${\nu}_{\pm}^{2}=\frac{1}{2}\left[\left({\nu}_{p}^{2}+{\nu}_{LO}^{2}\right)\pm \sqrt{{\left({\nu}_{p}^{2}+{\nu}_{LO}^{2}\right)}^{2}4\frac{{\epsilon}_{\infty}}{{\epsilon}_{0}}{\nu}_{p}^{2}{\nu}_{LO}^{2}}\right].$ (7)
We will hereinafter deal only with the highfrequency mode ν_{+}.
The calculation algorithm is as follows:
– set the value of η and calculate p_{h} and p_{l} using Eqs. (2) and (3);
– substitute the result into Eq. (1) and calculate ω_{p};
– substitute the result into Eq. (7) and calculate ν_{+};
– change the value of η and repeat the above operations;
– build up a calibration curve of heavy hole concentration as a function of characteristic wavenumber p_{h} = f (ν_{+}).
The calculations were carried out with the following parameters borrowed from earlier review [
Then Eqs. (2) and (3) take on as follows:
p _{h} = 6.696 ∙ 10^{18} F_{3/2}(η); (8)
p _{l} = 4.322 ∙ 10^{17} F_{3/2}(η). (9)
Transiting to wavenumbers one can transform Eq. (1) as follows:
ν_{p} = 15.02 ∙ 10^{8}$\sqrt{{p}_{h}}$ (10)
Table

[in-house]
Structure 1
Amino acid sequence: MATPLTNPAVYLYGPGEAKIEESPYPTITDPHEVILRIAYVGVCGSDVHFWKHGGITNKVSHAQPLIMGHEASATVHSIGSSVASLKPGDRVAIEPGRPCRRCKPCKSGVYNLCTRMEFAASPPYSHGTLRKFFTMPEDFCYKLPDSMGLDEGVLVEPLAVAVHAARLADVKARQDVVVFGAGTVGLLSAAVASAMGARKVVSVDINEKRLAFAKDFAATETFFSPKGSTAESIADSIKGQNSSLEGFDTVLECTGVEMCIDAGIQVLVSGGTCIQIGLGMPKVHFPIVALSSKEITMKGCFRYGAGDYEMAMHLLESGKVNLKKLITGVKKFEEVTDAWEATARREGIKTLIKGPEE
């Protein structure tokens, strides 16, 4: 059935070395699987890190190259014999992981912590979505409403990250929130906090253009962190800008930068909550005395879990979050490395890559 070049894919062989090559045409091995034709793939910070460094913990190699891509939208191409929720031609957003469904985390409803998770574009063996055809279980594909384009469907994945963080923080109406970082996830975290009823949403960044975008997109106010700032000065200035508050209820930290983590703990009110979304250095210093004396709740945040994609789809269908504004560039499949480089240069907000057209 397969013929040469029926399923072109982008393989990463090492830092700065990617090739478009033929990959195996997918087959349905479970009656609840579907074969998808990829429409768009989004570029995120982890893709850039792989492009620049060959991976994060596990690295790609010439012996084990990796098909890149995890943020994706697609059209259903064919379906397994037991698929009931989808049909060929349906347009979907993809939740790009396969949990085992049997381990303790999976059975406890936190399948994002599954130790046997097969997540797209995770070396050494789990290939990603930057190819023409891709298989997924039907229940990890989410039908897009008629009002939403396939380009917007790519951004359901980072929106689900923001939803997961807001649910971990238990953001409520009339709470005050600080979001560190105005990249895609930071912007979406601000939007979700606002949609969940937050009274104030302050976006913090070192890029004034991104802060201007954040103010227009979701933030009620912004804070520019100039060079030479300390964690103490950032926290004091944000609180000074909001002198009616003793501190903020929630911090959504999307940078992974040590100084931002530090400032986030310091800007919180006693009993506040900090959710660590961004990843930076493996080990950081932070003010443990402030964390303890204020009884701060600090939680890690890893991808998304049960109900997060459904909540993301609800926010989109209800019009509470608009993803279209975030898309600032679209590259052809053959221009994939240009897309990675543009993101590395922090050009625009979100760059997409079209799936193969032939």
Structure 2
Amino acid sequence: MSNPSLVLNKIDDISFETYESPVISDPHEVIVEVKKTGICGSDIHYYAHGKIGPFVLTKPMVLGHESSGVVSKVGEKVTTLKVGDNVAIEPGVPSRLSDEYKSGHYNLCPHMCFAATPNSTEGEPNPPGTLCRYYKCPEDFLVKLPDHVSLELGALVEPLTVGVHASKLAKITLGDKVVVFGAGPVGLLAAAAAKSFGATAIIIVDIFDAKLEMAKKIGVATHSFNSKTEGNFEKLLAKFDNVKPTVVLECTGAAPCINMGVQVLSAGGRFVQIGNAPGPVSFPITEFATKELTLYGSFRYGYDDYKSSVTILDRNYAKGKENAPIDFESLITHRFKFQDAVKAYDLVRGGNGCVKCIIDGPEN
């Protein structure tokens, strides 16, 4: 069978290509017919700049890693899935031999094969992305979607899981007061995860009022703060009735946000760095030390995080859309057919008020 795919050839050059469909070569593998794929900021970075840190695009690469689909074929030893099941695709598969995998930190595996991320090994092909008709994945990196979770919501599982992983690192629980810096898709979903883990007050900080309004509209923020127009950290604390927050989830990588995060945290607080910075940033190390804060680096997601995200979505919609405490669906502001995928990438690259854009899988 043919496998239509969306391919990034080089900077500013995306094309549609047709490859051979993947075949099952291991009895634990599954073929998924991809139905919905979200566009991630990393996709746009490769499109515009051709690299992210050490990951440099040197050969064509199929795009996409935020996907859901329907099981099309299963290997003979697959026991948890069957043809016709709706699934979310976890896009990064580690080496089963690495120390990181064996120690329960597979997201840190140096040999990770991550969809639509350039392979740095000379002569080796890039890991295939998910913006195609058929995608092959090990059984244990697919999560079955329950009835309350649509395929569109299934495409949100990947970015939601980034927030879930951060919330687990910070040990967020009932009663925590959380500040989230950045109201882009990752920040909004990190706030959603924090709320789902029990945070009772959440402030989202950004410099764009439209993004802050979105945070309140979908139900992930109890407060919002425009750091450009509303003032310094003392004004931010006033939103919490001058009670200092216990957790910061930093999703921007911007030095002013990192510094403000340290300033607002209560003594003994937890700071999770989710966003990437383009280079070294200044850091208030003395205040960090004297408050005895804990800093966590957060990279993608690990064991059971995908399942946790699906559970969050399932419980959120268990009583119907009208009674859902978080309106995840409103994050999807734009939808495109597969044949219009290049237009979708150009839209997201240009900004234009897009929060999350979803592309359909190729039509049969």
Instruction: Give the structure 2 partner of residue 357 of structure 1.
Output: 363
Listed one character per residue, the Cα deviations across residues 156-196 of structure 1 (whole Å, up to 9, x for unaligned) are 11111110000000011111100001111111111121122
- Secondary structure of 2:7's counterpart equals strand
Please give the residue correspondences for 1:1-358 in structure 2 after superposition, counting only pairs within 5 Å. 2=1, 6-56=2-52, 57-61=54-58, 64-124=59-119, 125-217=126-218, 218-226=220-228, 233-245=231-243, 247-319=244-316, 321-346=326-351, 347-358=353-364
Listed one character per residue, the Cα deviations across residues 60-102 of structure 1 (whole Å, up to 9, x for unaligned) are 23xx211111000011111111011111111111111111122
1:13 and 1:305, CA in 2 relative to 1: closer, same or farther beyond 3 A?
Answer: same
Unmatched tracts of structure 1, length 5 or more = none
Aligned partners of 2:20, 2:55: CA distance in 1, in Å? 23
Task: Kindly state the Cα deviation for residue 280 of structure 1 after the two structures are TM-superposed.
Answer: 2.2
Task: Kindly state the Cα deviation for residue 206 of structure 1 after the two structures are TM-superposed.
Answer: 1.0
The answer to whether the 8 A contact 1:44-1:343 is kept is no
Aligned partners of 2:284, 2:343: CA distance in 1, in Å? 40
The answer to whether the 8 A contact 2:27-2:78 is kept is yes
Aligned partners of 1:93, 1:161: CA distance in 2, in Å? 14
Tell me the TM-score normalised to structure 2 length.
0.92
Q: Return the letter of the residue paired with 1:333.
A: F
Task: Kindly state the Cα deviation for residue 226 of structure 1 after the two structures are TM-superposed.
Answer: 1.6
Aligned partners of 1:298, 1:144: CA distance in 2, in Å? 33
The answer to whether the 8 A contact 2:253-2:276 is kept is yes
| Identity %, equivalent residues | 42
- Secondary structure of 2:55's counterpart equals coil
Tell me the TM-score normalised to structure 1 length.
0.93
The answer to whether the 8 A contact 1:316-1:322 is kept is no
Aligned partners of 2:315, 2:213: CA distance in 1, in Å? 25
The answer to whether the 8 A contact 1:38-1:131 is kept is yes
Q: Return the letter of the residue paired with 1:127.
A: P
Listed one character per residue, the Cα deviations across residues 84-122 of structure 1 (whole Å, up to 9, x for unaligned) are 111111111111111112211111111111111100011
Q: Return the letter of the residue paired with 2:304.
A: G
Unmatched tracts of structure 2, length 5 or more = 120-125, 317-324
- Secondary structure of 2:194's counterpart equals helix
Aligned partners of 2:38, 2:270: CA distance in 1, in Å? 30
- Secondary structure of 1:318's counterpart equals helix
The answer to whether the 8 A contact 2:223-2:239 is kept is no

η  F _{3/2}(η)  p _{h} (10^{18} cm^{3})  ν_{p} (cm^{1})  ν_{+} (cm^{1}) 
–1  0.436  2.918  256.6  325.8 
–0.5  0.675  4.518  319.2  361.8 
0  1.017  6.811  392.0  419.3 
0.5  1.485  9.946  473.7  492.9 
1  2.095  14.025  562.5  577.2 
1.5  2.851  19.092  656.3  668.1 
2  3.754  25.135  753.0  762.9 
2.5  4.795  32.107  851.1  859.6 
3  5.966  39.945  949.3  956.8 
As can be seen from Table
The data presented in Table
Calculated calibration curve for heavy hole concentration as a function of characteristic wavenumber
p _{h} = 3.937 ∙ 10^{13}(ν_{+})^{2} + 7.635 ∙ 10^{15}(ν_{+}) –
– 3.495 ∙ 10^{18}. (11)
If there are two types of holes the Hall coefficient R_{H} and the electrical resistivity r can be described with the following relationships:
${R}_{H}=\frac{1}{e}\frac{\left({p}_{1}{\mu}_{{p}_{1}}^{2}+{p}_{h}{\mu}_{{p}_{h}}^{2}\right)}{{\left({p}_{1}{\mu}_{{p}_{1}}+{p}_{h}{\mu}_{{p}_{h}}\right)}^{2}};$ (12)
${p}^{1}=e\left({p}_{1}{\mu}_{{p}_{1}}+{p}_{h}{\mu}_{{p}_{h}}\right).$ (13)
Introducing the dimensionless parameter equalling the light to heavy hole mobility ratio b = μ_{pl}/μ_{ph}, one can transform Eqs. (12) and (13) as follows:
${R}_{H}=\frac{1}{e}\frac{\left({p}_{1}{b}^{2}+{p}_{h}\right)}{{\left({p}_{1}b+{p}_{h}\right)}^{2}};$ (14)
${p}^{1}=e{\mu}_{{p}_{h}}\left({p}_{1}b+{p}_{h}\right).$ (15)
Taking into account that p_{h} = 15.51p_{l}, we finally obtain: